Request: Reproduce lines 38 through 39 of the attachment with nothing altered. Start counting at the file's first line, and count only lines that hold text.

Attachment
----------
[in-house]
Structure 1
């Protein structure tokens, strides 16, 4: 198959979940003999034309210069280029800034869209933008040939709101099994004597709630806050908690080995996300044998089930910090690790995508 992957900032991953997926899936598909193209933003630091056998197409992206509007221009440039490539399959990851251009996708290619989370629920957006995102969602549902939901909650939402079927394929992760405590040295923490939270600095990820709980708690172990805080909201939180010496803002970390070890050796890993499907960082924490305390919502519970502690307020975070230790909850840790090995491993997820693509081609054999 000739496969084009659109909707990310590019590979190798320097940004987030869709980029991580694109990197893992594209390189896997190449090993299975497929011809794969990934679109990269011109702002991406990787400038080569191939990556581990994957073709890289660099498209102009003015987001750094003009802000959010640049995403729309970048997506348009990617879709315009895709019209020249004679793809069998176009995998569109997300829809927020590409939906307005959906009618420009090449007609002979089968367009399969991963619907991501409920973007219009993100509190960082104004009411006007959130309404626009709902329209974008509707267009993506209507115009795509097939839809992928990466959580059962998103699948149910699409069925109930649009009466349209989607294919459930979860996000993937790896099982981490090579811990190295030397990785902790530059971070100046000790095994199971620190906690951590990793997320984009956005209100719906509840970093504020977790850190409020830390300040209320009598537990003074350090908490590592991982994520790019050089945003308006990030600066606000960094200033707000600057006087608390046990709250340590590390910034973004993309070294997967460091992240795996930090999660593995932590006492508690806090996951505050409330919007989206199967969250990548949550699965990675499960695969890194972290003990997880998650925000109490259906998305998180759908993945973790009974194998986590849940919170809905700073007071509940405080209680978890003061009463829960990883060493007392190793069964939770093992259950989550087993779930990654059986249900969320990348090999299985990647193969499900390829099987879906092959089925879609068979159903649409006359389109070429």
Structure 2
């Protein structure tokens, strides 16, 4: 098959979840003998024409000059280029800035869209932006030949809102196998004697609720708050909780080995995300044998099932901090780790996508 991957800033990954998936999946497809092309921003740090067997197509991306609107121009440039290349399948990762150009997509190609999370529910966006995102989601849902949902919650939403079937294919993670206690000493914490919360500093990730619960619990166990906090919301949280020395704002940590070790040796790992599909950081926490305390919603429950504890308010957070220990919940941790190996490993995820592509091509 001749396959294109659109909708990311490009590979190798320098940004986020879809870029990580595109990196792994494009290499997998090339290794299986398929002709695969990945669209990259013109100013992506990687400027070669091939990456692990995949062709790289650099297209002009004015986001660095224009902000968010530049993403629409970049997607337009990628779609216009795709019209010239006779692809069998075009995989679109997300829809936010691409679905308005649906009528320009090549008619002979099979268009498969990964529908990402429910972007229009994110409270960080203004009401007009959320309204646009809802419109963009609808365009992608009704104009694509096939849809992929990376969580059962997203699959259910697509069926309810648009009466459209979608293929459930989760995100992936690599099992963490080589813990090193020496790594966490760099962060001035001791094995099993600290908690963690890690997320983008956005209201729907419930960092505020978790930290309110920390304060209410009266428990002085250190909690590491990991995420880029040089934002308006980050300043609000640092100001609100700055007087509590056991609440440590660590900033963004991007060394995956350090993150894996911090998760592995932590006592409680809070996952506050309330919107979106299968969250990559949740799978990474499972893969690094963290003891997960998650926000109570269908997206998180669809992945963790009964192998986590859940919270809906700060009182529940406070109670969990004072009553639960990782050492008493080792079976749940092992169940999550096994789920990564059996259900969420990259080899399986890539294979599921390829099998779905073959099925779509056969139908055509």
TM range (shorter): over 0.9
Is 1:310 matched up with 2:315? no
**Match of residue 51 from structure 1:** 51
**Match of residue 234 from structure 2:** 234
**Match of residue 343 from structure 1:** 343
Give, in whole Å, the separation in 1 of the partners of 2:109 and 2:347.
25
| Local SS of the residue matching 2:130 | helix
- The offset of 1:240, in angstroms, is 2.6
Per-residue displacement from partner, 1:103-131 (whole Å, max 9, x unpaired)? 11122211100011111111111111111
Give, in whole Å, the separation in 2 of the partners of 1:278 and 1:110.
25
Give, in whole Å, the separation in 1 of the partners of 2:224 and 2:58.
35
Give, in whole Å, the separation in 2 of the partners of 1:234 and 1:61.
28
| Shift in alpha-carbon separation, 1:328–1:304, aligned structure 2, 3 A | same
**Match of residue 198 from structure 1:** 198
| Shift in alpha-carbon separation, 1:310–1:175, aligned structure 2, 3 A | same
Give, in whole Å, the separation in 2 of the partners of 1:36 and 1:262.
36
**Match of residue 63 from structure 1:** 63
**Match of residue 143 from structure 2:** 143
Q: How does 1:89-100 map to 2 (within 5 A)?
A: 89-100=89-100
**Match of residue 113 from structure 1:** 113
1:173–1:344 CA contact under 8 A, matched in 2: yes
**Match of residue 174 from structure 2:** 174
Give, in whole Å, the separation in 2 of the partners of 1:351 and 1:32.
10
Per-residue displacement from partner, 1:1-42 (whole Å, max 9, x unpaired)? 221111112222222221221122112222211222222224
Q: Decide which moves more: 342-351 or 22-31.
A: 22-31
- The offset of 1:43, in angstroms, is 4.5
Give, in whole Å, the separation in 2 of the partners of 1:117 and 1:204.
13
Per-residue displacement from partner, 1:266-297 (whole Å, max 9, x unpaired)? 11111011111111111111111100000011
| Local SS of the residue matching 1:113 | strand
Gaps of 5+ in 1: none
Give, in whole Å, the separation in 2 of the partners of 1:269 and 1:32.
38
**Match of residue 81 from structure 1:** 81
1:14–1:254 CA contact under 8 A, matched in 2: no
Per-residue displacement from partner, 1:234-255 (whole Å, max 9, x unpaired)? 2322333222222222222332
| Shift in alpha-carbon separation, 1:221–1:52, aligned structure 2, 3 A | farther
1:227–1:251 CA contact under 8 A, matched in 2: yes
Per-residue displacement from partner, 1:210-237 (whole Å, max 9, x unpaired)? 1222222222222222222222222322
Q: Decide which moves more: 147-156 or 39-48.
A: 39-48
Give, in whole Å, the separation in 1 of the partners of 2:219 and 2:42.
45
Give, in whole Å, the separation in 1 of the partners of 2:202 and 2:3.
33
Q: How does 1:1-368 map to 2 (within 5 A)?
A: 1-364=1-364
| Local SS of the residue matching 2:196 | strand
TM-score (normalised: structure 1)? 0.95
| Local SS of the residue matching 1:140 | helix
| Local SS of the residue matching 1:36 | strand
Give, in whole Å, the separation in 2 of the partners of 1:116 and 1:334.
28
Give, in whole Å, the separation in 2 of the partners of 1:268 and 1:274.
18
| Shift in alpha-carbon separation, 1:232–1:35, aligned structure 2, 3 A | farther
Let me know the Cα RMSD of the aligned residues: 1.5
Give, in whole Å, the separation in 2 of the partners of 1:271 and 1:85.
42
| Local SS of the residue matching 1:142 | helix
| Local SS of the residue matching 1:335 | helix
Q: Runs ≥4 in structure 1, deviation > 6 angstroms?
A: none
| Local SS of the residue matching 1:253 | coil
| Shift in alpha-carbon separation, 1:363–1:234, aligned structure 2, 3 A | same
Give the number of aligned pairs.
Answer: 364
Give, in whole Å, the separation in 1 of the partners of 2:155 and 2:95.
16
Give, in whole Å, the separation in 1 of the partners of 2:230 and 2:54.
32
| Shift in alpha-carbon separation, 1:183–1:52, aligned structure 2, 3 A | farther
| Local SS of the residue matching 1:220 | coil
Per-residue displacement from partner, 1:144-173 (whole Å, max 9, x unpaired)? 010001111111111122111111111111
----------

A: 22-31
- The offset of 1:43, in angstroms, is 4.5